Some prisoners have a better quality of life. Bastoy Prison in Norway supplies exercise, fresh air, outings to the beach and occupation.

How does one address the failing system of so called “care”?
Families feel they cannot complain because homes may close, they may face a ban or their loved one could be moved. Homes are understaffed, and carers won’t complain for fear of losing their jobs.
The National Dementia Strategy for England Objective 15:
Improved registration and inspection of carehomes:
CQC are failing to identifying activities and occupation at carehomes and should increase staff ratios for coping with dementia. CQC are failing dementia patients. It’s not enough to just talk to dementia patients to find out if they are happy – they lack the capacity to understand. Many elderly deaths are connected to low self worth and loss of the will to live. I have heard people say:” I just want to die”.

This is a barbaric treatment of our elderly. If a child or a prisoner was treated this way, there would be an outcry.

Southwest Dementia Partnerships suggest that 6 out of 10 homes have little or no provision for meaningful activity. We lock people away from life. We have consigned our elderly to a safe but stagnant existence.
Dementia patients need leading into activity.
We need more staff provision, better staff awareness training and better outdoor spaces.
Staff in carehomes are asking for more than basic dementia training. Training should include how interact compassionately and in the proper way with a dementia patient.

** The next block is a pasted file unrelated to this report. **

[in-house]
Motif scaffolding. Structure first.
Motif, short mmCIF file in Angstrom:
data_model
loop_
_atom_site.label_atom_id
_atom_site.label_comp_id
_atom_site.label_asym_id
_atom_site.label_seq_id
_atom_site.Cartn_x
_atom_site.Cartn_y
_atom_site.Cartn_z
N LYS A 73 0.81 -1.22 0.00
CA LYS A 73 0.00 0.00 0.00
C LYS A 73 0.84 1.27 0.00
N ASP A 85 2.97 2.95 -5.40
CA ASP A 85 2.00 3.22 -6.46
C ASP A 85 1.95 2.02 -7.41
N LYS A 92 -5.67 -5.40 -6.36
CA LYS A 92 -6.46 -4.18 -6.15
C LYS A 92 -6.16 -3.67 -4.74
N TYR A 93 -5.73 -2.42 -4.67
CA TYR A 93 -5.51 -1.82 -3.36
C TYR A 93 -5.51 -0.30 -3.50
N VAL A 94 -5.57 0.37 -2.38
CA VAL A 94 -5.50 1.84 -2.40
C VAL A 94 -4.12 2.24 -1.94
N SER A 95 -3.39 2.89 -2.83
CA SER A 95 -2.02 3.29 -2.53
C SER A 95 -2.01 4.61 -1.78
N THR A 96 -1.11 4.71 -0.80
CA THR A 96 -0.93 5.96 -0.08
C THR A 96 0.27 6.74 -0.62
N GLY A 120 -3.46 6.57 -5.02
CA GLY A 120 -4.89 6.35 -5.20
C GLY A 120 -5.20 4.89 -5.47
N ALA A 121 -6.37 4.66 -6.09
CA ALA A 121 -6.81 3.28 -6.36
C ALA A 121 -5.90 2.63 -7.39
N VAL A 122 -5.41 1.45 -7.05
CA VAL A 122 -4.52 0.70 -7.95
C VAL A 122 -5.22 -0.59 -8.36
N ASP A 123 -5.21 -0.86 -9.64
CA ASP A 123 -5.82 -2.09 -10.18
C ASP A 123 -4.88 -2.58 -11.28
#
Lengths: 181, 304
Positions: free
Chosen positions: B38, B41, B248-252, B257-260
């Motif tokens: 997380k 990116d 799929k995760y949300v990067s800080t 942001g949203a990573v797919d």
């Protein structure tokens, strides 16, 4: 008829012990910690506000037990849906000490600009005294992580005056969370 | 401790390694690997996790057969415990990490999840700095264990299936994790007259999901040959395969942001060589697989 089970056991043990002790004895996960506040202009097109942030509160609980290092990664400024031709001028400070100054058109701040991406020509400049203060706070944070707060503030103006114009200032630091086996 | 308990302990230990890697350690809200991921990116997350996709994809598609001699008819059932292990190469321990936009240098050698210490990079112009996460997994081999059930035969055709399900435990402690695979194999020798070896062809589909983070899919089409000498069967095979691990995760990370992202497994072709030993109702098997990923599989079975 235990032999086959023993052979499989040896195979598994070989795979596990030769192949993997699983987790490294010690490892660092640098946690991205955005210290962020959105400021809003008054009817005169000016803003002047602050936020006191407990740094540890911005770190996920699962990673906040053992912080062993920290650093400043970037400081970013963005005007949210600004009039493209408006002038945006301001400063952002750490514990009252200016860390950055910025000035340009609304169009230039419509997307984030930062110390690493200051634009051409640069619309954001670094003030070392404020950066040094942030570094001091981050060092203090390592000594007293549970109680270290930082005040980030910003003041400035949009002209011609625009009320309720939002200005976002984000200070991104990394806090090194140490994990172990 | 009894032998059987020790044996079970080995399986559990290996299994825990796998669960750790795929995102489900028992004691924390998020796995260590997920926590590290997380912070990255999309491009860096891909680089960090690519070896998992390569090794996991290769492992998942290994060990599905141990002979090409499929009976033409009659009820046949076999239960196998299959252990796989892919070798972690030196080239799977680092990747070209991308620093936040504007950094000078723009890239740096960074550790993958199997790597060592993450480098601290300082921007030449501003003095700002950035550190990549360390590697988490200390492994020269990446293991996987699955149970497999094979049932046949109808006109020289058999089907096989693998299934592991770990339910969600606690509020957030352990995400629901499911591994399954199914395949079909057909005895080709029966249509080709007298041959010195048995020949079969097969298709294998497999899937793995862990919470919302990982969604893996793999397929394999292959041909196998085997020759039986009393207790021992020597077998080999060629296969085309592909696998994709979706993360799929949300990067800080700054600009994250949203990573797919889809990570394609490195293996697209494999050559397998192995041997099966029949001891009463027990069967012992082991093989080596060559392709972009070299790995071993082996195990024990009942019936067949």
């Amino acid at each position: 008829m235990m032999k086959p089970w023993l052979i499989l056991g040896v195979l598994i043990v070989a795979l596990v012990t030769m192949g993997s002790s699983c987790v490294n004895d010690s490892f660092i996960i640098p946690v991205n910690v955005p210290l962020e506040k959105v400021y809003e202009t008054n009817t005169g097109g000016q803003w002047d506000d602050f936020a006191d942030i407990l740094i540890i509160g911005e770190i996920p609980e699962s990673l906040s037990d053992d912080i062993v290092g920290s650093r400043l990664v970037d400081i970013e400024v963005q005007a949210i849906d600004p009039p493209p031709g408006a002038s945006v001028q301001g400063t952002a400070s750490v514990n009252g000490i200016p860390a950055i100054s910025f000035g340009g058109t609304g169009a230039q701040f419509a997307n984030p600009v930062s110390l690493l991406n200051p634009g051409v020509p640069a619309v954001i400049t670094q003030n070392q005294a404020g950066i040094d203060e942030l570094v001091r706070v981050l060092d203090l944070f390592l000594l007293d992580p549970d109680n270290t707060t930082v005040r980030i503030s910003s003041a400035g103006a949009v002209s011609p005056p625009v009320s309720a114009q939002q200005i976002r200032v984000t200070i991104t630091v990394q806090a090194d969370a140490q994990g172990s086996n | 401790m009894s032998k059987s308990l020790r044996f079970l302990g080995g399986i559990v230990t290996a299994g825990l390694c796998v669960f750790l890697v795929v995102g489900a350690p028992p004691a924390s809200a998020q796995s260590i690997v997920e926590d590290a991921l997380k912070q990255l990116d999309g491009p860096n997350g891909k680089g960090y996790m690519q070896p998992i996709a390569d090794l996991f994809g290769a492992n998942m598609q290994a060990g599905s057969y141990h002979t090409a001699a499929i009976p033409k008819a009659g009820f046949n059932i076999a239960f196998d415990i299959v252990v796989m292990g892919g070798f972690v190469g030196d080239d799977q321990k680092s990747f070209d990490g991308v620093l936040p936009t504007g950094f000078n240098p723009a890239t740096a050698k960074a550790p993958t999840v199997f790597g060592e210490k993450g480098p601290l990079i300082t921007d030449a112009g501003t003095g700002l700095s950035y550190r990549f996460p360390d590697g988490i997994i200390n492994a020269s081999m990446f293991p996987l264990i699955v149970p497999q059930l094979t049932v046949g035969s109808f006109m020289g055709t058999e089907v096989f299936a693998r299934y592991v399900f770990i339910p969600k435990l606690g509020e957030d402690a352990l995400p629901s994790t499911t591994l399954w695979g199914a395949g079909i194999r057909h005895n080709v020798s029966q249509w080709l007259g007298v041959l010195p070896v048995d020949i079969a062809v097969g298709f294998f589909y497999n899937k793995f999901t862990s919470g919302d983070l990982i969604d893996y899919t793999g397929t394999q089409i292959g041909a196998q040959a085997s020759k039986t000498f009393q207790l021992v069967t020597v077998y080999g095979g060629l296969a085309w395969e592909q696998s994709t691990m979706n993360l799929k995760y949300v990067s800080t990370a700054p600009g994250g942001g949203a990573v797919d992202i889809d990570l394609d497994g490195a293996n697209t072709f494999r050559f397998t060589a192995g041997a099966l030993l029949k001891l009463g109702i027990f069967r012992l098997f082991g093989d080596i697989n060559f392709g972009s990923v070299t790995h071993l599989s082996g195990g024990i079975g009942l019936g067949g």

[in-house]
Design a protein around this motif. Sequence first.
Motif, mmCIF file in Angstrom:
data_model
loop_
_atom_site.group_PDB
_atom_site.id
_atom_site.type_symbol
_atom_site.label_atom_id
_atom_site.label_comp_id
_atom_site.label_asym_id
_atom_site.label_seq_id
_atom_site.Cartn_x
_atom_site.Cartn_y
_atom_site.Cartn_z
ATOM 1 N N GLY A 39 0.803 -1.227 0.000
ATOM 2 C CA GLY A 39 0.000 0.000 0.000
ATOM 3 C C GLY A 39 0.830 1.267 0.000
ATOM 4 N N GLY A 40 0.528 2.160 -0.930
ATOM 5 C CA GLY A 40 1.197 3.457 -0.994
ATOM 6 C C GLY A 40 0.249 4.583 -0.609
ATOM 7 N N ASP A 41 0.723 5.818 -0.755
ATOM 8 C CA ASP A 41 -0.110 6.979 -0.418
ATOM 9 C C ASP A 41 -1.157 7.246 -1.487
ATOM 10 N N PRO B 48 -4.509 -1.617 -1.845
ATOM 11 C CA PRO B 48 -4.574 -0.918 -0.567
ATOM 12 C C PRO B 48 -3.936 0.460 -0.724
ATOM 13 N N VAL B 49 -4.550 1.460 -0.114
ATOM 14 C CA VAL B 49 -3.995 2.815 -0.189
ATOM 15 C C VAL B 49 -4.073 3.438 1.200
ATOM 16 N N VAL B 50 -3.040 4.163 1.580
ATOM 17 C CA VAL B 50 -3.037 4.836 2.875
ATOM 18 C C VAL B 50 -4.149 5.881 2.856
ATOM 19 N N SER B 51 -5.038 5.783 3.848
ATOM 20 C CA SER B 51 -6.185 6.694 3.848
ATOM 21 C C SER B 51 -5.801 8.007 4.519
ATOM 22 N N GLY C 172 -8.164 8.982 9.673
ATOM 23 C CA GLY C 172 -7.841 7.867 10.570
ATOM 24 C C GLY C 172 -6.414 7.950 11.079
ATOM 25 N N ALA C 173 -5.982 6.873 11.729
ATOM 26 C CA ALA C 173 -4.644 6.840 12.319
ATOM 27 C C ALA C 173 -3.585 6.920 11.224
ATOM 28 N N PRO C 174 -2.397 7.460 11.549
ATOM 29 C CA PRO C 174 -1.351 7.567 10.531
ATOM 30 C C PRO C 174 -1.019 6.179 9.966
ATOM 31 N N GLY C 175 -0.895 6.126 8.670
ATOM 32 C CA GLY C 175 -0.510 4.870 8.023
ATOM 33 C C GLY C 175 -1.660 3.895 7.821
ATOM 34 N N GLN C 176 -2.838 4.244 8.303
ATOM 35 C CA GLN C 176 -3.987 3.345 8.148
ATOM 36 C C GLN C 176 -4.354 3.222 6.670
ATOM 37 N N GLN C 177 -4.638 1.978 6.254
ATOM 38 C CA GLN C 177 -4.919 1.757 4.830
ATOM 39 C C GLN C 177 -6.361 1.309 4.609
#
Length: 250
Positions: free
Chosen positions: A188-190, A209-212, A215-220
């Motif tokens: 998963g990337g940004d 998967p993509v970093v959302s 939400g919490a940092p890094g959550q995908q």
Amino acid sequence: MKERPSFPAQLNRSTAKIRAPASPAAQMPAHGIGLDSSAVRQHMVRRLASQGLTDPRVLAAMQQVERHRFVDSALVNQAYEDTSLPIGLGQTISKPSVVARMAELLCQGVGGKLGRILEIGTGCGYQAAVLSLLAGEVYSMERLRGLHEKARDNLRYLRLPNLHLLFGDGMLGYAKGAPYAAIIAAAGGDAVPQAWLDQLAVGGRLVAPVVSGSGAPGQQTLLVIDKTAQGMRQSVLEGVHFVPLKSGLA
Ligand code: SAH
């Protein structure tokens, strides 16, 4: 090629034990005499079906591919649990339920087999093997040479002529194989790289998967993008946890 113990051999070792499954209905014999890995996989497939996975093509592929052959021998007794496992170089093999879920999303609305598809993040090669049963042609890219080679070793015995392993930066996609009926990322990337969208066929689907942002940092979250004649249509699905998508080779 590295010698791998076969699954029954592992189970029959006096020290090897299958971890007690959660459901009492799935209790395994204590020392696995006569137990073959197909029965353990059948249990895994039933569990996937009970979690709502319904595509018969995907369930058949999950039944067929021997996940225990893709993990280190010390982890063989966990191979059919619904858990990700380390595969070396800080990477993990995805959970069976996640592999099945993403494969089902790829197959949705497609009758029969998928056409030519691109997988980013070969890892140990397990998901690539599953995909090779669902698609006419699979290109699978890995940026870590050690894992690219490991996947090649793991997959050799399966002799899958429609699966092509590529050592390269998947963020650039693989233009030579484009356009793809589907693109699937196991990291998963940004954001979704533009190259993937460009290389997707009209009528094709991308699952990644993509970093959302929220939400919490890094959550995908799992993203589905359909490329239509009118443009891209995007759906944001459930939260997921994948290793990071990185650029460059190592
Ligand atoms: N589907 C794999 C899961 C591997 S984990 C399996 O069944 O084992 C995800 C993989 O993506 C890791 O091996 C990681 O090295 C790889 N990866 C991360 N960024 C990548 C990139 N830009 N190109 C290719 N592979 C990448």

End of life care should be re-thought with particular attention being paid to the transition to unfamiliar places which increase confusion and families should be more aware of the decisions they may have to take.

---o0o---

Mini-mental State Examination (MMSE) needs updating and unification. Different test are at present carried out all over Britain and questions should be the same and truly reflect ability of a dementia person.
The Board of Directors of Torbay – South Devon Healthcare NHS Trust have agreed to take up the challenge from Torbay Dementia Action Alliance. They will be using the purple angel logo and are making changes to their test questions in consultation with a dementia patient. The same set of questions should be used throughout the country and I am asking Cornwall NHS to collaborate with Devon Healthcare and at least get unification throughout the South West.

Camelford Dementia Action Alliance

Susannah

Comment date
15 February 2013
Alistair I share the vision but with little optimism. The crisis led organisations are phenomenal and I have used Maytree. But they won't get expanded or funded until mainstream MH services are willing to accept that the expertise does not always lie with them, that alternative models of crisis care are valid and that the individual living with serious MH problems is the real expert on what they need. I submitted to Mind's Crisis Care enquiry and attended parliament to present to MP's and Peers.